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China’s Xi and Japan’s Abe to meet at G20

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Spain's Prime Minister Mariano Rajoy (L) listens to China's President Xi Jinping (R) during their meeting on the sidelines of the G20 Summit at the West Lake State Guest House in Hangzhou on September 5, 2016. G20 leaders confront a sluggish global economy and the winds of populism as they open annual talks, but the long war in Syria and the South China Sea territorial dispute hang over the summit. / AFP PHOTO / POOL / HOW HWEE YOUNG

Spain’s Prime Minister Mariano Rajoy (L) listens to China’s President Xi Jinping (R) during their meeting on the sidelines of the G20 Summit at the West Lake State Guest House in Hangzhou on September 5, 2016.<br />G20 leaders confront a sluggish global economy and the winds of populism as they open annual talks, but the long war in Syria and the South China Sea territorial dispute hang over the summit. / AFP PHOTO / POOL / HOW HWEE YOUNG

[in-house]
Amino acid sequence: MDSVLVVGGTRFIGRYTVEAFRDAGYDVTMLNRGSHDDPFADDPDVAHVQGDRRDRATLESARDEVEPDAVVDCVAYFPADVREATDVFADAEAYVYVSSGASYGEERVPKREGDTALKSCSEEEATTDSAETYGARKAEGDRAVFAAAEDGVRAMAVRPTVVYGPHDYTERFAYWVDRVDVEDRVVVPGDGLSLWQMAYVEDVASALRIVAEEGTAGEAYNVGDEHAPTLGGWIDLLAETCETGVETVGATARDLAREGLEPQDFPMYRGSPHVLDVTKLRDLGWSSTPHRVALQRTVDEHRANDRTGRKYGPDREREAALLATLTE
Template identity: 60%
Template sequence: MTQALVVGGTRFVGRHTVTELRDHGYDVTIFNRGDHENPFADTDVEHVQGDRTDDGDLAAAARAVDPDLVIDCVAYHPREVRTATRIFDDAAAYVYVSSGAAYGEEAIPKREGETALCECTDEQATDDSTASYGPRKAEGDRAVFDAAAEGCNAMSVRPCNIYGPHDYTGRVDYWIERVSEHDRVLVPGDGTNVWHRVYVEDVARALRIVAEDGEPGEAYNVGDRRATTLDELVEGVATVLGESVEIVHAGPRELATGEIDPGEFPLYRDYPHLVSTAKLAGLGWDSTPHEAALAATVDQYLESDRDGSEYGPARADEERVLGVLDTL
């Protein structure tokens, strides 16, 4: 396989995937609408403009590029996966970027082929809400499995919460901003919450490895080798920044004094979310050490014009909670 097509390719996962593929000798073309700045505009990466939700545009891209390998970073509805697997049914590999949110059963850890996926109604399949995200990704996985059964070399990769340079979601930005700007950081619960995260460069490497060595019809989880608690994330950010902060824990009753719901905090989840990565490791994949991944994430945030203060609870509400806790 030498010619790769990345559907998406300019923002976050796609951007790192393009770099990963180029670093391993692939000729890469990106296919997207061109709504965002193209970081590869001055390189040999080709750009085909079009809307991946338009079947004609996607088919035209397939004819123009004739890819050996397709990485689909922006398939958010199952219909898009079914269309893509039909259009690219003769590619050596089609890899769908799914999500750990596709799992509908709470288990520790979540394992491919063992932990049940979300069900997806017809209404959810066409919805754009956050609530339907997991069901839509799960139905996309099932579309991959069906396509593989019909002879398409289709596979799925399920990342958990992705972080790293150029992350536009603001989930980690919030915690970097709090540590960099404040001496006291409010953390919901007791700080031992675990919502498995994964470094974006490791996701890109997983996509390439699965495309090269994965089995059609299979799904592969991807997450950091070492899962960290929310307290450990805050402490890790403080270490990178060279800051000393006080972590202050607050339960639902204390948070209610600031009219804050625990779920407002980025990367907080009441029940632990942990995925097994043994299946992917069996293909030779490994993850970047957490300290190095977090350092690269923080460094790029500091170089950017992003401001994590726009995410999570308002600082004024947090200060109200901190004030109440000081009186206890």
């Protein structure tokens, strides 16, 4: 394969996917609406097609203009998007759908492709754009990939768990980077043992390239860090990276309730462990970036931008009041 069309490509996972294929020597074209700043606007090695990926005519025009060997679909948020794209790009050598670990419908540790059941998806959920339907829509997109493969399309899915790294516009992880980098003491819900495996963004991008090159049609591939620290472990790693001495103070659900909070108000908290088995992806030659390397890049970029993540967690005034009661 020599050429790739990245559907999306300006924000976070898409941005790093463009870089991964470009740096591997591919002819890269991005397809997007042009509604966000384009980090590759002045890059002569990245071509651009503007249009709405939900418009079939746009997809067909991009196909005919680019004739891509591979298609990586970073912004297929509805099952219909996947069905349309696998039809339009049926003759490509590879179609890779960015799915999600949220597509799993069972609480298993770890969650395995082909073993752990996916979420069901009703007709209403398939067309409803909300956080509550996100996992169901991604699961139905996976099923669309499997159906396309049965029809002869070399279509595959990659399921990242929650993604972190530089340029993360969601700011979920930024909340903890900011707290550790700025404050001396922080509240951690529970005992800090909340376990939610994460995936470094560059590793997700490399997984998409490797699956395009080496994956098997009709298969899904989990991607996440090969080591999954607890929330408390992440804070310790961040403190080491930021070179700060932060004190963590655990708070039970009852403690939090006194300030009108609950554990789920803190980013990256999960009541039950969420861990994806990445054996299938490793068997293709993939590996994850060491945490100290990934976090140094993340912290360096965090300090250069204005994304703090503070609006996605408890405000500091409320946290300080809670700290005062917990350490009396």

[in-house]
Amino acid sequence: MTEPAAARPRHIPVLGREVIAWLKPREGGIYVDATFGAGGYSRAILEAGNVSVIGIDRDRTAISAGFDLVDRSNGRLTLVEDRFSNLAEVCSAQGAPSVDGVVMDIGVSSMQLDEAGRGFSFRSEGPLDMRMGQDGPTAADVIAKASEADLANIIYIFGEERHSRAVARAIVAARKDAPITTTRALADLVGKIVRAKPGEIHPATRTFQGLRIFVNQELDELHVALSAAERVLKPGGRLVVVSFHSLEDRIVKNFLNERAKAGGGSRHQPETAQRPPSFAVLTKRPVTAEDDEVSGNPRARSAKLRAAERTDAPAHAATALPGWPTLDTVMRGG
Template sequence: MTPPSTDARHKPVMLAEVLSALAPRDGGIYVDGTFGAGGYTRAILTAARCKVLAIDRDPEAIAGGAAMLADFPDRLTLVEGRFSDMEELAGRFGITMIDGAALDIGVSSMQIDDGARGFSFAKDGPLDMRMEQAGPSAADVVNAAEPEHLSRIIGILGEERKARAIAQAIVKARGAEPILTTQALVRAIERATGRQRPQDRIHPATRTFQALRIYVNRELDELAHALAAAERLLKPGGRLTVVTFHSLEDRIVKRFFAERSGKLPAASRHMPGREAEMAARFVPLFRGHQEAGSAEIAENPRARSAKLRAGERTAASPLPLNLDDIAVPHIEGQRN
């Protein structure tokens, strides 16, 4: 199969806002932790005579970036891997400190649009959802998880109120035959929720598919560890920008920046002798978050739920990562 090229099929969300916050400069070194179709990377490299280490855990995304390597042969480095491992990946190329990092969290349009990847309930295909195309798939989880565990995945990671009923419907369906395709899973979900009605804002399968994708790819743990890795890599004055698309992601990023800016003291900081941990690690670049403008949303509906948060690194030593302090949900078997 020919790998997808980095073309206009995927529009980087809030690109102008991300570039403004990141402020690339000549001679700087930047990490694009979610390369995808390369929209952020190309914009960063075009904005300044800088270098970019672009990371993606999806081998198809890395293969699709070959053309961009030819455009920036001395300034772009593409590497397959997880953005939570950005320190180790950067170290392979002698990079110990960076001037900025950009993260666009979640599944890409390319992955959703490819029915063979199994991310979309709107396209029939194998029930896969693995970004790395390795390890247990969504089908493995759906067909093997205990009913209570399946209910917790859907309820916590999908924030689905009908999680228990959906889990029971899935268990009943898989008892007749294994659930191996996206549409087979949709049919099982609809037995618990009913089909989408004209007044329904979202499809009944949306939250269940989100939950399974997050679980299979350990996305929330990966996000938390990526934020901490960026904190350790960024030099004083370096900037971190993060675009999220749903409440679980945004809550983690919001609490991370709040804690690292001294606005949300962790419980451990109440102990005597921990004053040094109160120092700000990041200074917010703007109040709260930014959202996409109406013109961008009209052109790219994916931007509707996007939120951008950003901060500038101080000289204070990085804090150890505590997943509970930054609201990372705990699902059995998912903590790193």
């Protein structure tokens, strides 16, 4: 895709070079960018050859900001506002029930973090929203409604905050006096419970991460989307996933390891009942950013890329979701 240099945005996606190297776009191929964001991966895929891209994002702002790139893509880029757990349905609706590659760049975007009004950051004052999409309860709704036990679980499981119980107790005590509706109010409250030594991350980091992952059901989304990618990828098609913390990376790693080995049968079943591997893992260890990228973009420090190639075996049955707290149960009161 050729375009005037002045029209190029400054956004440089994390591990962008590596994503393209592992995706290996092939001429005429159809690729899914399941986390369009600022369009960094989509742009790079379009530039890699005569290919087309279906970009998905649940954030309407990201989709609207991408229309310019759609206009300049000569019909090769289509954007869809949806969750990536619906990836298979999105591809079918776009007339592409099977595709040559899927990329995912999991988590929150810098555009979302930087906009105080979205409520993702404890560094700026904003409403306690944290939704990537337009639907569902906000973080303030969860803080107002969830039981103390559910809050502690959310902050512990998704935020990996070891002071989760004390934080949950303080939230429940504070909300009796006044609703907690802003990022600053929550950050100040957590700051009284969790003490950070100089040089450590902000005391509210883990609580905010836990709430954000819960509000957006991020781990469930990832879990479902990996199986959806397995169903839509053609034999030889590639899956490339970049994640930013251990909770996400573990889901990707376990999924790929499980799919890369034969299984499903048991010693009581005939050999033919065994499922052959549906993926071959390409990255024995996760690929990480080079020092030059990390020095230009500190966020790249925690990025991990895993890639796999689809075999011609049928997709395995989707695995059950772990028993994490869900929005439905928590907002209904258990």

Chinese President Xi Jinping will meet Japanese Prime Minister Shinzo Abe in China Monday, Tokyo said, their first meeting in more than a year with their nations divided by territorial disputes and recriminations over history.

“There are difficult issues between Japan and China, and because of that, it is important that the leaders exchange honest opinions and make improvements,” chief cabinet secretary Yoshihide Suga told reporters.

The meeting will follow the end of the Group of 20 summit Xi is hosting in the eastern city of Hangzhou, where leaders from around the world have gathered to discuss how to tackle the slowing global economy.

Beijing and Tokyo have a longstanding dispute over islands in the East China Sea controlled by Japan, which knows them as Senkaku, and claimed by China, which calls them Diaoyu.

The last time the two met on Chinese soil, on the sidelines of an APEC summit in 2014, they could barely conceal their mutual distaste.

Ties later thawed, but tensions have been rising again in recent months as Japan weighs in on another Chinese territorial dispute in the South China Sea, where Beijing has built artificial islands capable of supporting military facilities.

Abe has vocally criticised China for rejecting a July ruling by an international tribunal that said extensive claims to the strategically vital waters had no legal basis.



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